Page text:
Research suggests that most of us aren’t good at judging our own learning process, and it is often hard for us to tell when we are or are not learning (Karpicke et al., 2009). The good news is that metacognitive skills, our awareness of our learning, can be fostered like any other skill. In fact, metacognition has been demonstrated as one of the most effective teaching interventions over decades of research (Hattie, 2008). Furthermore, one study reported the impact of metacognition to be equivalent to an additional eight months of progress (Australian Teaching and Learning Toolkit, 2021). This is worth noting, because empowering students to make important decisions about their learning process and demonstrating how they’ve learned is an essential part of competency-based learning that relies on strong metacognition.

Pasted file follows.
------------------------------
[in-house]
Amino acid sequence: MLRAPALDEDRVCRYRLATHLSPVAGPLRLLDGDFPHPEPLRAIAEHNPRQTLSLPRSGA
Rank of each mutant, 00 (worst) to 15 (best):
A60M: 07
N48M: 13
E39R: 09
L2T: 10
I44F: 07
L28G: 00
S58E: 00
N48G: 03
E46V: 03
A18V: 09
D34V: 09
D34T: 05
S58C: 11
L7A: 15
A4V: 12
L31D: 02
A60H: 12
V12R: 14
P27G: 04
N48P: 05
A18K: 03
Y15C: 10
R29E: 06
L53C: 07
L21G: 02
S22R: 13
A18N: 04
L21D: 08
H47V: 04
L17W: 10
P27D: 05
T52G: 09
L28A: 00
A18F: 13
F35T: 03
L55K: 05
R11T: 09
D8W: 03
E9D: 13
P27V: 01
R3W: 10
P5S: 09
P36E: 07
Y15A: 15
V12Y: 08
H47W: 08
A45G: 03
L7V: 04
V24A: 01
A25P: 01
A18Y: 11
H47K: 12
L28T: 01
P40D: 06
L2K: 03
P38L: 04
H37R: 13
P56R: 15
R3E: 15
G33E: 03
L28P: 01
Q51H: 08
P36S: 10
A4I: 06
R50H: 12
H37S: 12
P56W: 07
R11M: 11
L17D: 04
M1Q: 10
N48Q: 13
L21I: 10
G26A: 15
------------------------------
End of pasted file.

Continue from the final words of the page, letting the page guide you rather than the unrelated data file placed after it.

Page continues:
A sixth-grade English teacher helps two students during Sutton Middle School’s International Baccalaureate immersion day.
Photo by Allison Shelley for EDUimages

In my work with schools, I’ve noticed that competency-based learning often begins with altering assessments to demonstrate mastery instead of memorization. This important work is an exciting forward momentum. A natural inconsistency then emerges where the way students are learning doesn’t align with the new goal of the assessment. In other words, there is a need to shift instruction from more traditional teaching focused on memorization to teaching that promotes mastery and transfer. This is where the Science of Learning comes in. It gives clear direction on how to teach for mastery by delivering content in a meaningful and engaging manner. Put differently, the Science of Learning is a means to accelerate the shift to competency-based learning.